“I wanted to make illustrated short stories because I wanted to fuse the beauty of the illustrations in the graphic novel with the depth of character thought and emotion found written in the story”
Excitement and intrigue, with a touch of the dark side is what you’ll get when reading an M. Wheeler short story. Wheeler employs a style of writing where instant gratification and his love of story design reign supreme. Short stories, an underappreciated genre, have been at the forefront of his writing career. A lover of comic book heroes since he was young, Wheeler started writing in the 3rd grade, with scripts of movie heroes as a foundation.
Wheeler was also drawn to sketch art, so writing was the perfect way to allow both passions to coexist. Throughout school, relocating a number of times made it difficult to make friends. As a loner, he was drawn to shorter novels and short stories, where his writing became an outlet and respite during his early educational years.
In high school, he stopped writing as his style and descriptive desires began to take a turn. No stranger to hard work and working for what you want, Wheeler worked a number of jobs from late high school to the beginning of medical school, and where the work ethic adapted from his grandfather took shape.
Resuming his hobby of writing in college, he added sketching to his repertoire, dreaming up the idea of creating a graphic novel. Through this outlet, he effortlessly channeled the frustration and energy of being raised by a single, 16-year-old mother, while harnessing the reality of having an ex-drug dealer for a father. No stranger to disappointment, he endured the pain of watching his grandfather, the only father figure he knew, die in jail. Wanting a change in life, Wheeler started medical school at age 30, an undertaking that at an early age he felt was too much time and commitment.
Even though it was tough, he drew upon his experiences in various jobs to provide the drive and motivation for seeing this through. During his residency, he wrote his first two books, halfway completing the third. Finally realizing this was the best decision he could have possibly made, he continued his love of writing, reshaping his style to create the interesting graphic novels we know today.
M. Wheeler writes short stories, and uses the term graphic novel to explain the way his stories are packaged (thin individual, illustrated, stories in a small travel sized book). He chose this style of writing to satisfy the love of reading for many people who would not commit to reading a 300-500-page novel. As well as appeal to readers that have difficulty following a story line that is being directed by illustration alone, or who feel that the genre is for adolescents or comic book geeks (which is categorically false).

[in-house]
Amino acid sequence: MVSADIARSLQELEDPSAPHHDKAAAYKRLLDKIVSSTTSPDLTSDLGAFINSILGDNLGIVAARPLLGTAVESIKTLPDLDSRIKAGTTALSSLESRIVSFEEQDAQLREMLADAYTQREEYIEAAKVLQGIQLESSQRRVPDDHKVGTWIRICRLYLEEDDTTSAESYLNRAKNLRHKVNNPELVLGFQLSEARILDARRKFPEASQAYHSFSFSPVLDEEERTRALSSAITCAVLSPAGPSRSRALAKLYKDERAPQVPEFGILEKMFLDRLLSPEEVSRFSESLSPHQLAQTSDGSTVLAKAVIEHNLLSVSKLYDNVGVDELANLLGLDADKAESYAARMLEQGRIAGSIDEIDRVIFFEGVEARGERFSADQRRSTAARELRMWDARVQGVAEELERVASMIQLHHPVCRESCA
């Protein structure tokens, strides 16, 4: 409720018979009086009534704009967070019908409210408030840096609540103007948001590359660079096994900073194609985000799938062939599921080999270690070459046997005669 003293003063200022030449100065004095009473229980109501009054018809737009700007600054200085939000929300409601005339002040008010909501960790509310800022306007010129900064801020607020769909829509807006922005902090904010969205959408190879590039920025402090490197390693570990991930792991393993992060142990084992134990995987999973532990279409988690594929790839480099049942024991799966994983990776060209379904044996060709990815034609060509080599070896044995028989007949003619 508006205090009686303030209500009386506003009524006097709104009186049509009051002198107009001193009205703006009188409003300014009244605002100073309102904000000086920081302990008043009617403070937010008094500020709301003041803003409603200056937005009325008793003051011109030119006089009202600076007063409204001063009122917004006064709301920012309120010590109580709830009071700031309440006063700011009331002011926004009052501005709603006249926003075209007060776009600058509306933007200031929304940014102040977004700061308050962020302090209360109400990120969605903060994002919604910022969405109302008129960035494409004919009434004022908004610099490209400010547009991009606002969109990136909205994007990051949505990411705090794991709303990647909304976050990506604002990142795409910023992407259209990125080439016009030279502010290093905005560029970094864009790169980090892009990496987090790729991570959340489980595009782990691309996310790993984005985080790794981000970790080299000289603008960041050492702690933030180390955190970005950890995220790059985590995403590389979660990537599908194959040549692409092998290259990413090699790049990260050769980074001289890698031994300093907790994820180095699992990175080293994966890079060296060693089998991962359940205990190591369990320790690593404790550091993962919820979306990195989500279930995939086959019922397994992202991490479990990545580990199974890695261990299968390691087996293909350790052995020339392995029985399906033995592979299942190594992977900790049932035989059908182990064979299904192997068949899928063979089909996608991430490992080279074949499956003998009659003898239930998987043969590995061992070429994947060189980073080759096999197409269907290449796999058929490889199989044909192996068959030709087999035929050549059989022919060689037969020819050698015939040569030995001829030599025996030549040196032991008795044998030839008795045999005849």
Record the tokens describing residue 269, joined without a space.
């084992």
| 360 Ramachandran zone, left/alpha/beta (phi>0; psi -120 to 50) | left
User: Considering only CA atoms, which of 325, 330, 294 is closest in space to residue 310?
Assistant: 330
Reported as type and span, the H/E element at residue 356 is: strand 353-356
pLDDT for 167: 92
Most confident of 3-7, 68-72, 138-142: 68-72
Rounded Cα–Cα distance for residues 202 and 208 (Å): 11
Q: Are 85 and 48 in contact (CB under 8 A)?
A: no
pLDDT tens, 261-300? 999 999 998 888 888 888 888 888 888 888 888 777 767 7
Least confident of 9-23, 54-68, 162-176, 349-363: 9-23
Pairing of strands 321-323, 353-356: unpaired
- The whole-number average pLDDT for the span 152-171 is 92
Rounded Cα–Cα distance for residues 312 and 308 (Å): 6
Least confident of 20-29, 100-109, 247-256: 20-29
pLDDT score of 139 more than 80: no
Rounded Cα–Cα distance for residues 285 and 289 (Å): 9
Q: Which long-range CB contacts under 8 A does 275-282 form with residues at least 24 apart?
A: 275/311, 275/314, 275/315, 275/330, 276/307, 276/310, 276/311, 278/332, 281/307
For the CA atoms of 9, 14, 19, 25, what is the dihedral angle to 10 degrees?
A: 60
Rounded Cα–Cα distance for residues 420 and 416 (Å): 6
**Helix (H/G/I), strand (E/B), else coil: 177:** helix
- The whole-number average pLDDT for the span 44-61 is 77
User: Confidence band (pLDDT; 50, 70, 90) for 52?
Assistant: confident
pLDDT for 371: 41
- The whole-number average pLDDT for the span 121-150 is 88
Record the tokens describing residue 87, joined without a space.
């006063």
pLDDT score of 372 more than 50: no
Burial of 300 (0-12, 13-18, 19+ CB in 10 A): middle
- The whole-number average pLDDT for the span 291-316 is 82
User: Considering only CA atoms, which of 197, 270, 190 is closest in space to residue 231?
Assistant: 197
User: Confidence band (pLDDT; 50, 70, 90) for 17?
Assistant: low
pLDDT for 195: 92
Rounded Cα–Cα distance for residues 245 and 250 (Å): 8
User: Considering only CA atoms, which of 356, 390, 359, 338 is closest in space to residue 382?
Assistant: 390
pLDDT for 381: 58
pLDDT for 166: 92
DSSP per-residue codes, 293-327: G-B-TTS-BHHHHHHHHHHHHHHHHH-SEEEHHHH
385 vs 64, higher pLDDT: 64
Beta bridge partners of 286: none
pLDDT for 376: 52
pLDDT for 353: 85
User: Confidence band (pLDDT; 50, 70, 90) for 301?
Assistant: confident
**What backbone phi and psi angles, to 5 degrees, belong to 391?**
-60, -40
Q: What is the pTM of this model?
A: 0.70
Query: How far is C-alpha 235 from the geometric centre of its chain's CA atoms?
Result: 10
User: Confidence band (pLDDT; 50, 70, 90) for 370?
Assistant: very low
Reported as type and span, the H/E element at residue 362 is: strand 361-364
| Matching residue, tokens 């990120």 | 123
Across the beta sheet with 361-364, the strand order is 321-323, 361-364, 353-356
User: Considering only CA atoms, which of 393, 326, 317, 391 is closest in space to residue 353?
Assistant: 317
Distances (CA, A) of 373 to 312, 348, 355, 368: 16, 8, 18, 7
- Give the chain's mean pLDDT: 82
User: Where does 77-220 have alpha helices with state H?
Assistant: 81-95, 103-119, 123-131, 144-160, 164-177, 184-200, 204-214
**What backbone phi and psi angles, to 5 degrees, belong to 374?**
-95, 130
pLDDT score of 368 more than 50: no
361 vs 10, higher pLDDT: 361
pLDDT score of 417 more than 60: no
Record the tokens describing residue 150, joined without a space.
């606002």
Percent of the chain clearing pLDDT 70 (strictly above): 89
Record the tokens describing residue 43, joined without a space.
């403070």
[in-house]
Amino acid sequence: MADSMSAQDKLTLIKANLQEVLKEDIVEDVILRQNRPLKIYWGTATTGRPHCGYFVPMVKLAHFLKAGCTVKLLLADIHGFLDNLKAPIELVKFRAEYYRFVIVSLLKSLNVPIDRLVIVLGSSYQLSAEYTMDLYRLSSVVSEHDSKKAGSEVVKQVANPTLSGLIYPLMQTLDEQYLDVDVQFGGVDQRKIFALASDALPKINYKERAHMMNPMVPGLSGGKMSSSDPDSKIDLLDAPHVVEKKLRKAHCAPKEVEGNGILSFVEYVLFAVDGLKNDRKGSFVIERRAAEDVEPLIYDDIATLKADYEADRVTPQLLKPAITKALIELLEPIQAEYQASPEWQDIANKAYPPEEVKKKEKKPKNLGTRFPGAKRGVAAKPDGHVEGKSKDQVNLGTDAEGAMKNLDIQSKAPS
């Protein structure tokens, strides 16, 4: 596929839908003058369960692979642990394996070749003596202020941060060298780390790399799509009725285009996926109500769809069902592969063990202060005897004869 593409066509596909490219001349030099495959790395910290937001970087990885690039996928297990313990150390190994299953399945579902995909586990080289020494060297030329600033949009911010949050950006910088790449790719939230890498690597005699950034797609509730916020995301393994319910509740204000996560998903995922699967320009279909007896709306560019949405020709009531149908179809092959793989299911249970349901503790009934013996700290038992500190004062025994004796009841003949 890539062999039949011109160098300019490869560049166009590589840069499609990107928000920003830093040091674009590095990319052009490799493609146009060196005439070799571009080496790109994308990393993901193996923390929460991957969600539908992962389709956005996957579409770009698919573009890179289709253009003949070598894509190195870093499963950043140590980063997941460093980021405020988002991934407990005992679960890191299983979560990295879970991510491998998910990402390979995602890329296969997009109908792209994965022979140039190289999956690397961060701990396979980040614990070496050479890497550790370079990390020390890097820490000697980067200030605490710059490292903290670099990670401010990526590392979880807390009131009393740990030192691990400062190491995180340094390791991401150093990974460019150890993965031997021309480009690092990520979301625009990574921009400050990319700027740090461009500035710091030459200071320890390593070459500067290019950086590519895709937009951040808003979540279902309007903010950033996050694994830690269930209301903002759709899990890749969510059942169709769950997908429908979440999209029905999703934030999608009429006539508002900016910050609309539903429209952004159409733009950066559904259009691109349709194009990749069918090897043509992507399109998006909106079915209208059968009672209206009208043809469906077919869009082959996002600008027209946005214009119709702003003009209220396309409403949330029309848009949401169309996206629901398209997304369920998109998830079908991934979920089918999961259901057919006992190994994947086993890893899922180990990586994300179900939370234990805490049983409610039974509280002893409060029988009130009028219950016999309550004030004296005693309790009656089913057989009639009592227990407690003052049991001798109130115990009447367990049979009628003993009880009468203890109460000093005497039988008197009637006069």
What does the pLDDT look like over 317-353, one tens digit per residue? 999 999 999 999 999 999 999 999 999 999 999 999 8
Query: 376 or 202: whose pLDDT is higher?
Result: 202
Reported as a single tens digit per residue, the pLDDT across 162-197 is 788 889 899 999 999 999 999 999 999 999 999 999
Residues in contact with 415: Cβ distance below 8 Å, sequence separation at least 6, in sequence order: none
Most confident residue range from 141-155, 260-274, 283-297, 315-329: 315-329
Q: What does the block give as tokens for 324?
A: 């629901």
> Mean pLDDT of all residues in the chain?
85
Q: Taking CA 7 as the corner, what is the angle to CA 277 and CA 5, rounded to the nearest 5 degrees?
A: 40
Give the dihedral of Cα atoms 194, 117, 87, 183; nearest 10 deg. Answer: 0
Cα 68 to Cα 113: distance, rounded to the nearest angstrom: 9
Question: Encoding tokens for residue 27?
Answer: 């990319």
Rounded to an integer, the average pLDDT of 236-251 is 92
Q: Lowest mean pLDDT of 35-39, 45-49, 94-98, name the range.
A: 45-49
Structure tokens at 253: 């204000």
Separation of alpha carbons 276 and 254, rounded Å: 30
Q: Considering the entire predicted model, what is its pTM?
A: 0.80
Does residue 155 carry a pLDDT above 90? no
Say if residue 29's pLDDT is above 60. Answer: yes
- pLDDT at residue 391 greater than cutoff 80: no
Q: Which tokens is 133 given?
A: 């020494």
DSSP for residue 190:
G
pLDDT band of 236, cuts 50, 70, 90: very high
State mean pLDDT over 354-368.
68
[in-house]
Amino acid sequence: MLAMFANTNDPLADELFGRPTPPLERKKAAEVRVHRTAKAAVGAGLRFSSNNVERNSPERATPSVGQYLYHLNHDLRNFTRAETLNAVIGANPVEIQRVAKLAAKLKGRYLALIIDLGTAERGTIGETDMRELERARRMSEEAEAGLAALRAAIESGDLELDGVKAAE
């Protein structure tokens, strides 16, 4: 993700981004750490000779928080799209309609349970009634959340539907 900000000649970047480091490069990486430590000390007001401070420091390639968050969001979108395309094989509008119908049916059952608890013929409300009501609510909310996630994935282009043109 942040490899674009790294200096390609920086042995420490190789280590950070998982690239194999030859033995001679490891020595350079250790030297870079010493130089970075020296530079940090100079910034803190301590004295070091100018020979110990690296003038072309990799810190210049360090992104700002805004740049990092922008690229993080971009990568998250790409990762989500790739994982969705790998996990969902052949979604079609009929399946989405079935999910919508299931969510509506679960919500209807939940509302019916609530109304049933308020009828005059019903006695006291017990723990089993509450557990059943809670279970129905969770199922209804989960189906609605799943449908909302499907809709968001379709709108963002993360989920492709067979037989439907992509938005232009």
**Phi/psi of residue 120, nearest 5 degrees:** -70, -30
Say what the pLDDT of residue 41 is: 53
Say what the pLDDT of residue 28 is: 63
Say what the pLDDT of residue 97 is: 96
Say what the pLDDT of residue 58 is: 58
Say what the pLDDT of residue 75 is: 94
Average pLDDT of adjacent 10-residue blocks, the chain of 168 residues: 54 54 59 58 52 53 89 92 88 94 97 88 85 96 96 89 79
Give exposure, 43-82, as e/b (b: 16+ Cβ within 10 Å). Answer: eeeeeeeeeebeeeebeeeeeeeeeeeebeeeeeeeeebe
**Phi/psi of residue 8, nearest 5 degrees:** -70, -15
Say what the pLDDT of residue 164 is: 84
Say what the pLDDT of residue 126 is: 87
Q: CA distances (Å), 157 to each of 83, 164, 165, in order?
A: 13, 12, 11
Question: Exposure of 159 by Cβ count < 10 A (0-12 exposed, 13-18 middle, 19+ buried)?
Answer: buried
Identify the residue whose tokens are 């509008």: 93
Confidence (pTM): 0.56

As a busy doctor, Wheeler wanted to provide an outlet for those individuals who did not have long periods of time or attention to dedicate to a novel. The overall intent was to continue to contribute to the content that makes the graphic novel genre a mature, mainstream form of entertainment. Wheeler prefers certain favorites such as In Cold Blood, Devil in the White City, Pimp, Native Son, Batman Returns, and Fear and Loathing in Las Vegas.
These stories have fueled his writing style, with the addition of illustrations working with his stories to create a world in which the illustrations are not just ostentatious adornments, but actually integral parts of the story that enhance the story and help move the plot – a fusion of two great genres. Wheeler’s bite-sized formats of this type of entertainment can use depth of written word and the beauty of illustration to create a world that stimulates several sub-senses visually, while using the popularity of graphic novel to increase the readership of short stories.
An avid sports fan, Wheeler enjoys both playing and watching sports, and is a supporter of the New York Mets. From childhood, Wheeler has been on the move, living all over Connecticut; in Santa Ana, California; New York; San Francisco; Boston, and now Miami. One of the most intriguing writers in this genre, Wheeler is far from ordinary.
A well-rounded individual who can add personal experience to his stories, he has held positions as a UPS loader, studio engineer; dry wall installer; mover, scientist, bartender, server, teacher and assistant buyer, finally settling on being a medical doctor and volunteer.
He enjoys a number of activities, including exercising and taking long walks on the beach. His favorite colors are blue and grey. A perfect example of “don’t judge a book by its cover,” M. Wheeler’s stories are just a few reasons why reading opens up a world of infinite possibility.